The Bucs enter 2011 with a bit of uncertainty at corner. Ronde Barber is getting a little long in the tooth and Aqib Talib can’t keep out of trouble. The Bucs seemed pretty set at the position just a couple of months ago, but today things don’t look so clear. If the Bucs weren’t considering drafting a corner this year before, they almost have to now. Regardless of what determination the team comes to on Aqib Talib this year, I don’t see them wanting to invest a lot in him long-term. Either this year or next the Bucs are going to need to target a top-tier corner.
This isn’t a bad class for corners, but in truth there are really only two or three clear-cut studs in the class and a lot of prospects with questions facing them. The Bucs, at 20, likely won’t get the top two corners in the class and will have to decide whether or not they want to roll the dice on another DB with potential character issues. Chances are Tampa will look front seven in round one, spend a mid-round pick on a corner and then revisit the position in free agency or again next year.
Here are the top corners in the 2011 NFL Draft:
1.) Patrick Peterson, LSU – Peterson is the unquestioned best player in the 2011 NFL Draft. How dominant was Peterson last year in college? He won the Bednarik Award as the nation’s best defender, the Thorpe Award as the nation’s best defensive back and was named the SEC’s Defensive and Special Teams MVP’s. And he did it as a junior. Peterson is just 20 but he has the kind of athleticism and instincts that rarely come in one package, he combines ideal size for a corner with 4.31 speed and freakish athletic ability. There are little things here and there that Peterson can address to improve his game, but he is the most complete player with arguably the highest ceiling of anyone in the 2011 draft class. Peterson will be out-of-the-box ready for the NFL, he’ll contribute immediately on defense and special teams (he is an elite return-man) and should develop into an upper-echelon cover corner.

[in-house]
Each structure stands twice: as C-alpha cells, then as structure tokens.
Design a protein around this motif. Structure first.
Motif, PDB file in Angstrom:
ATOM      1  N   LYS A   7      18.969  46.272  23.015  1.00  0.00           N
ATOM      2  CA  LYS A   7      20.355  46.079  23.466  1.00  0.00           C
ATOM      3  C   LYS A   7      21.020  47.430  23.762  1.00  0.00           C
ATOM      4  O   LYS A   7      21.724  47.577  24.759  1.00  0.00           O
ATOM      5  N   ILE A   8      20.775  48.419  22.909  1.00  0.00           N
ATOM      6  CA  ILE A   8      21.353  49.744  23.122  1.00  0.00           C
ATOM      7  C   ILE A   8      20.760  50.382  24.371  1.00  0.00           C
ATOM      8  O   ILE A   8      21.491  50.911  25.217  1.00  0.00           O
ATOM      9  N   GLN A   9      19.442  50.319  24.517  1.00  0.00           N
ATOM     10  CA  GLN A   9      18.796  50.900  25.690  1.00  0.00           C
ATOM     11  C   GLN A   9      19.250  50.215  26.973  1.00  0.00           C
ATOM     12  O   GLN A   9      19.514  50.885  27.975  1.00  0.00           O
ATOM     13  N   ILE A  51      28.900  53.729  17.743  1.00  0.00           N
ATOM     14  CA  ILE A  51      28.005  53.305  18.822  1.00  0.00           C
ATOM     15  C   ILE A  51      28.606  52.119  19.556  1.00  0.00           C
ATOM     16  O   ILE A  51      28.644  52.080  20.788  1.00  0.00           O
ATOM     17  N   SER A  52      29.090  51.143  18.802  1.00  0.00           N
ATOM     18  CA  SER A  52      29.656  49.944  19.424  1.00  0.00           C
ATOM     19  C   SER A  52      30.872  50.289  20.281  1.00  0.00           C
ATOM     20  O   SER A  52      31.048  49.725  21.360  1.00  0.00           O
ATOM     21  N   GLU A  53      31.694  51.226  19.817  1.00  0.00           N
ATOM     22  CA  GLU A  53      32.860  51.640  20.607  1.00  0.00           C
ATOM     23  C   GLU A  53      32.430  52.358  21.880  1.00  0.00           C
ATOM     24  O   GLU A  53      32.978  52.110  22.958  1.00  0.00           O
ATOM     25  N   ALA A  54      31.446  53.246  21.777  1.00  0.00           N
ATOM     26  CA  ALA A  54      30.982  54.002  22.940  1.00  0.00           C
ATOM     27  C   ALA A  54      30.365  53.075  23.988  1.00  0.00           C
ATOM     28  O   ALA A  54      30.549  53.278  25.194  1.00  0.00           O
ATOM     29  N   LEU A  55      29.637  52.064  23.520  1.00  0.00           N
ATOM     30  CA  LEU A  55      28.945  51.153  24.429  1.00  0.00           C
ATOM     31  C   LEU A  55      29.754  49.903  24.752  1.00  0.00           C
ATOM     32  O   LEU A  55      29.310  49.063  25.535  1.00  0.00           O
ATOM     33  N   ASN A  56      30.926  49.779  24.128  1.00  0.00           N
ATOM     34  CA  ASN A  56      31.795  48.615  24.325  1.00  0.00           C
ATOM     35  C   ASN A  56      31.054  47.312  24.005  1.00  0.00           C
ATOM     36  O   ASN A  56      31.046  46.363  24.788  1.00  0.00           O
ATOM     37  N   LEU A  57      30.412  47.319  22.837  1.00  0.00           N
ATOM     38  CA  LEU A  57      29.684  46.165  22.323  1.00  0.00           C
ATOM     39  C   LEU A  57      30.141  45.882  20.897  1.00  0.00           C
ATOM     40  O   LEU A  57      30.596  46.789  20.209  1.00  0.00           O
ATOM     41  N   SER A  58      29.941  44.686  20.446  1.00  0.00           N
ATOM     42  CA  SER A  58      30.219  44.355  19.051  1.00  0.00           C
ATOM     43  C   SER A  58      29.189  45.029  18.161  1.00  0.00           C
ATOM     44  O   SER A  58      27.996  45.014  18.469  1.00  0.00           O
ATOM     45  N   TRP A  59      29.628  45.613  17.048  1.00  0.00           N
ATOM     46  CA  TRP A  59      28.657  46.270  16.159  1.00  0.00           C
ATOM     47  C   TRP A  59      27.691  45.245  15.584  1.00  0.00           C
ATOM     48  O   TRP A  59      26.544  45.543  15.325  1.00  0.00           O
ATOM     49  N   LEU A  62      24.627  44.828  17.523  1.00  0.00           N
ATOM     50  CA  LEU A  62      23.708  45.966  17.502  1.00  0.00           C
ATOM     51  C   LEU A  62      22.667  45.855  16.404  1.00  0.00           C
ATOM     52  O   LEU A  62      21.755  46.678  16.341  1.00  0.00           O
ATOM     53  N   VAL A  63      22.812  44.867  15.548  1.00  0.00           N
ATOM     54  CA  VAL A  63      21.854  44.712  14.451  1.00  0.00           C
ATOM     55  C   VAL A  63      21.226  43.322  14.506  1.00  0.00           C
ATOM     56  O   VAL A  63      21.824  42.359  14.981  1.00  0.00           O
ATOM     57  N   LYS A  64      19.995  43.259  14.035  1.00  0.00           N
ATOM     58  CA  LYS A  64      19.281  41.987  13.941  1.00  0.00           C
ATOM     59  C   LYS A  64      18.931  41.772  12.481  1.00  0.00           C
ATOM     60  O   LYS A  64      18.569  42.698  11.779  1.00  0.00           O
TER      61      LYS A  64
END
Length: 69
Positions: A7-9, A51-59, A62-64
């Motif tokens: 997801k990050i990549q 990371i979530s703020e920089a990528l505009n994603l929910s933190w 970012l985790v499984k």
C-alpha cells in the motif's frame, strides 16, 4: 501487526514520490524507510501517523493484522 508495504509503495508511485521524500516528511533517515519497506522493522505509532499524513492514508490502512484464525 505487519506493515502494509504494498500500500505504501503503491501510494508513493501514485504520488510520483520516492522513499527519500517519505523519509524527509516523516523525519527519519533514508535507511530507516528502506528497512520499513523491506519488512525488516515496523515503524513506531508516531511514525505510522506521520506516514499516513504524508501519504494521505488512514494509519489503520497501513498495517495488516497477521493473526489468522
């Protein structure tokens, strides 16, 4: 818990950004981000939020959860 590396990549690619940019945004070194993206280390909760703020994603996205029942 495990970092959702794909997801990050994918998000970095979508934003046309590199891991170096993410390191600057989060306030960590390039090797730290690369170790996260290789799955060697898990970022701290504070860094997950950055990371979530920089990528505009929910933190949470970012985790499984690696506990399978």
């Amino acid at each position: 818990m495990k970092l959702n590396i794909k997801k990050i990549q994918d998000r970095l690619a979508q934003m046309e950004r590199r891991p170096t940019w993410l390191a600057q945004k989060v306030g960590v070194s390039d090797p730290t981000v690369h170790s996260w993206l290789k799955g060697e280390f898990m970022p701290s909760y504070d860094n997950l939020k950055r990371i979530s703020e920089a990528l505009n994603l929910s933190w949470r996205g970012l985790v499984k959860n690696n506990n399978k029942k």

2.) Prince Amukamara, Nebraska - The only strike against Prince Amukamara is that he’s not Patrick Peterson, suffice it to say Prince is a stud. In this draft it’s Patrick and Prince, and then everybody else. Amukamara is a high-effort, high-character, shutdown cover corner with top 15 talent. I wouldn’t be surprised if he comes off the board in the top-ten. Amukamara doesn’t have the freakish athleticism of Peterson, but he’s still amongst the best athletes in the draft and has the instincts to be the an elite corner in the NFL. Amukamara is capable of covering any receiver in both man schemes and zone, he does occasionally fall victim to his own aggressiveness but has more than enough ability to recover against most receivers. Doesn’t have fantastic hands but will still reel in most potential interceptions.